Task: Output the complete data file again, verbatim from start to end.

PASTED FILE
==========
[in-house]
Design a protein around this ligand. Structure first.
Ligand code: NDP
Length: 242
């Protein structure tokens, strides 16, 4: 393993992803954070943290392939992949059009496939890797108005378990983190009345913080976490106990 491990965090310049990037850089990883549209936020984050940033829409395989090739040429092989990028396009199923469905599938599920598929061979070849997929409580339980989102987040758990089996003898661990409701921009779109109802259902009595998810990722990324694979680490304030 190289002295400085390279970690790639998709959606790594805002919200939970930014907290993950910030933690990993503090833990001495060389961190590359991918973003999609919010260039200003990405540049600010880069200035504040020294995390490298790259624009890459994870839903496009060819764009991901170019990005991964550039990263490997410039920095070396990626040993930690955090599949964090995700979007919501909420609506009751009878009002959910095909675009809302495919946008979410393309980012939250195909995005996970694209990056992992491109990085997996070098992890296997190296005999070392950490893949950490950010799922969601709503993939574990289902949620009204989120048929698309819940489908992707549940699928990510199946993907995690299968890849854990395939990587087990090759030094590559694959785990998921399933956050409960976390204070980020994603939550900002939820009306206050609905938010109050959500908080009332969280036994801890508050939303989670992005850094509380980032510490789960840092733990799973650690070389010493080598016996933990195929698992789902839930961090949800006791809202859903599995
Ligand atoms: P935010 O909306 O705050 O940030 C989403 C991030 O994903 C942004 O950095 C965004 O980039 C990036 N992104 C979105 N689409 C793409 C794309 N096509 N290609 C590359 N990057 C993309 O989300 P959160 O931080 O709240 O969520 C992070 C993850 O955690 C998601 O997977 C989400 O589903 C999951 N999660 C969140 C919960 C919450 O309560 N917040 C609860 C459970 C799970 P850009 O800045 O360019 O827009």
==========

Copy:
[in-house]
Design a protein around this ligand. Structure first.
Ligand code: NDP
Length: 242
């Protein structure tokens, strides 16, 4: 393993992803954070943290392939992949059009496939890797108005378990983190009345913080976490106990 491990965090310049990037850089990883549209936020984050940033829409395989090739040429092989990028396009199923469905599938599920598929061979070849997929409580339980989102987040758990089996003898661990409701921009779109109802259902009595998810990722990324694979680490304030 190289002295400085390279970690790639998709959606790594805002919200939970930014907290993950910030933690990993503090833990001495060389961190590359991918973003999609919010260039200003990405540049600010880069200035504040020294995390490298790259624009890459994870839903496009060819764009991901170019990005991964550039990263490997410039920095070396990626040993930690955090599949964090995700979007919501909420609506009751009878009002959910095909675009809302495919946008979410393309980012939250195909995005996970694209990056992992491109990085997996070098992890296997190296005999070392950490893949950490950010799922969601709503993939574990289902949620009204989120048929698309819940489908992707549940699928990510199946993907995690299968890849854990395939990587087990090759030094590559694959785990998921399933956050409960976390204070980020994603939550900002939820009306206050609905938010109050959500908080009332969280036994801890508050939303989670992005850094509380980032510490789960840092733990799973650690070389010493080598016996933990195929698992789902839930961090949800006791809202859903599995
Ligand atoms: P935010 O909306 O705050 O940030 C989403 C991030 O994903 C942004 O950095 C965004 O980039 C990036 N992104 C979105 N689409 C793409 C794309 N096509 N290609 C590359 N990057 C993309 O989300 P959160 O931080 O709240 O969520 C992070 C993850 O955690 C998601 O997977 C989400 O589903 C999951 N999660 C969140 C919960 C919450 O309560 N917040 C609860 C459970 C799970 P850009 O800045 O360019 O827009």